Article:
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Sixth-year tight end puts team first in final season

Thomas Tews plays a key role in the Lopers’ rush offense. Photo provided by Kylie Schwab / Antelope Staff

While he may not have a list of accolades to his name, sixth-year Loper football player Thomas Tews has become a staple in the UNK offense. 

In a run-heavy scheme where Tews doesn’t get thrown the ball often, sacrificing touches is crucial for the team’s success. 

“Basically from the start, they said my position group has to be the most unselfish group because we’re a run-heavy offense,” Tews said. “I’m more proud of my good blocks than catches. If I can get a good block and one of our running backs or quarterback breaks it for a big one that makes me pretty happy. That’s what I get my satisfaction from.”

The 6-foot-2, 240-pound tight end joined the Lopers in 2017, making him a member of coach Josh Lynn’s first recruiting class. 

“It’s kind of cool to be able to call ourselves that first part of this program and be his first recruiting class,” Tews said. “We’ve been here since the start, we’ve been able to actually see the rise happen and it’s been pretty cool to see the culture develop here and everything change.”

In the Lopers most recent victory, a 38-20 win over Fort Hays State, freshman tight end Luke Blatchford caught a 48-yard touchdown. He attributes his early success to Tews’ leadership.

“Thomas Tews has been a great mentor,” Blatchford said. “He’s the No. 1 tight end, he’s always there every day giving me advice and he’s really helped me along this entire way. When I’m watching film, I’m trying to mimic Tews right there because he does it right every time.”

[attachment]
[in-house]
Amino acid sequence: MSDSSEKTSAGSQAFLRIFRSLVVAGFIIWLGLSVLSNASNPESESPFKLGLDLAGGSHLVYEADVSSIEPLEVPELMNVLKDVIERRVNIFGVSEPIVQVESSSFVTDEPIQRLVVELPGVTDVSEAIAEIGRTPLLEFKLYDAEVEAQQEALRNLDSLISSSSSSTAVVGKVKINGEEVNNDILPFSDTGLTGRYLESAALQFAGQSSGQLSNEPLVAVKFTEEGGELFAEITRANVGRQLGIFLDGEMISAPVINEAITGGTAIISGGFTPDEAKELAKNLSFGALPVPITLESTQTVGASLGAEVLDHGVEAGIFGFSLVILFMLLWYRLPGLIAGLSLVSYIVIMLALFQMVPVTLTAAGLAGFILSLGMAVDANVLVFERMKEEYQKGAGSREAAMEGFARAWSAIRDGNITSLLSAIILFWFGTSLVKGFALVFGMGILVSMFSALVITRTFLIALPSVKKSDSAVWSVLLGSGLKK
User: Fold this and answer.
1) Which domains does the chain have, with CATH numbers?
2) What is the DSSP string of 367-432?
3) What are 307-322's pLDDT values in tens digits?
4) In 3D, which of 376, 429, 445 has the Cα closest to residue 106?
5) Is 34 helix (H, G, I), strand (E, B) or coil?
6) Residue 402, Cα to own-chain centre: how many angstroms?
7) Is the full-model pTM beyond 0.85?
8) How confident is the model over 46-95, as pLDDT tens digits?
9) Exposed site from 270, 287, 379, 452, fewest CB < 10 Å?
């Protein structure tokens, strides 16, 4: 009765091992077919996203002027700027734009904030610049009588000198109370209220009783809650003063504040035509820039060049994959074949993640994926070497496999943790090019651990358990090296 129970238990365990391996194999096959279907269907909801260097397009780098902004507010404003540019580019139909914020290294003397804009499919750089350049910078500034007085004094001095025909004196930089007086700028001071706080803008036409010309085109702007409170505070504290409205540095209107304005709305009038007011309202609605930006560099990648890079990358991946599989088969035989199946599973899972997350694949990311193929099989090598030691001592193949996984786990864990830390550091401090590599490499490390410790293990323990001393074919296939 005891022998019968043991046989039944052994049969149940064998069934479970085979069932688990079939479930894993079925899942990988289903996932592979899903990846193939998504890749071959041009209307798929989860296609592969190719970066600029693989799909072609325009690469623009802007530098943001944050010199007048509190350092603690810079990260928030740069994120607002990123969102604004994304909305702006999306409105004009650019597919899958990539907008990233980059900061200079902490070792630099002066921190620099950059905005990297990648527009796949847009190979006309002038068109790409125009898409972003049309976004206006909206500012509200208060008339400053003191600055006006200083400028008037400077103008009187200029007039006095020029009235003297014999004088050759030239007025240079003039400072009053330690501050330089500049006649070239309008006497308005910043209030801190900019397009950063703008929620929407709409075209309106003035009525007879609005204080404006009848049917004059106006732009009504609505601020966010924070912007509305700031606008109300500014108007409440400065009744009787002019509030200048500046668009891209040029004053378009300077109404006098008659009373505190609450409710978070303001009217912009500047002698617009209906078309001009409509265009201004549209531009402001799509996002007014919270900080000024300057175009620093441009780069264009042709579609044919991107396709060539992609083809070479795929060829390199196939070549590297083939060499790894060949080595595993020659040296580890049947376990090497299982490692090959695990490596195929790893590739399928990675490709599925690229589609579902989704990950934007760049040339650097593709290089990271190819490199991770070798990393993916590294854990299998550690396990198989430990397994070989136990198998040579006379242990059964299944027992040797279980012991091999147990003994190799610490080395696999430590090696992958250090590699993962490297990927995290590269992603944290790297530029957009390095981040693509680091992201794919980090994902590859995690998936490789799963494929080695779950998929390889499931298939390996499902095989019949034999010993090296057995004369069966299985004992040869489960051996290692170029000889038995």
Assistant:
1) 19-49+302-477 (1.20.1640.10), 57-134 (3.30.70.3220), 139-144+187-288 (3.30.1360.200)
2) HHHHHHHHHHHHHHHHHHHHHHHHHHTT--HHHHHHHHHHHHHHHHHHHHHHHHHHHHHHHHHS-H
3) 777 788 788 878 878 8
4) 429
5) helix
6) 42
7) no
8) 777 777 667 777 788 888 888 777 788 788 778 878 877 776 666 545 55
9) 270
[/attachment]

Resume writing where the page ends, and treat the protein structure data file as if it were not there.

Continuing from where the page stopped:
Last season, Tews had three receptions for 123 yards and a touchdown. This year he had a 40-yard reception in the 38-6 win over Central Missouri.

“We’ve thrown a couple balls to him, but his primary goal is to block,” Lynn said. “When somebody else has success he’s the first one to get over there and celebrate. He’s the true definition of a great teammate and he’s really unselfish. When you talk about young men that you want to lead your program, Thomas is definitely one of those.”

After redshirting in 2017 and facing various injury obstacles, Tews stuck with it and has seen his role increase each season. Now as the first string tight end, he wants to leave his mark on the team in his final season.

“I’m a big lead by action kind of guy,” Tews said. “I’m not the most vocal person out there, but I’m out there trying to lead the offense while also trying to do my part and help develop the young guys.”

Tews obtained his bachelor’s degree with a double major in sports management and exercise science. He is now getting his master’s degree in sports administration and will finish in the spring.

While it can be challenging to manage both academics and football, Tews has made it a priority. He has been named to the MIAA Academic Honor Roll in each of his seasons with the Lopers.

Football has always been a part of Tews’ life, and it has shaped him into the person he is today.

“I’ve played it for probably over 15 years,” Tews said. “It’s probably been one of the most important stable sports I’ve played. I was a multi-sport athlete in high school, but I think football was always No. 1 for me and I think it always will be.”

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KEVIN BURD, Sports Edior
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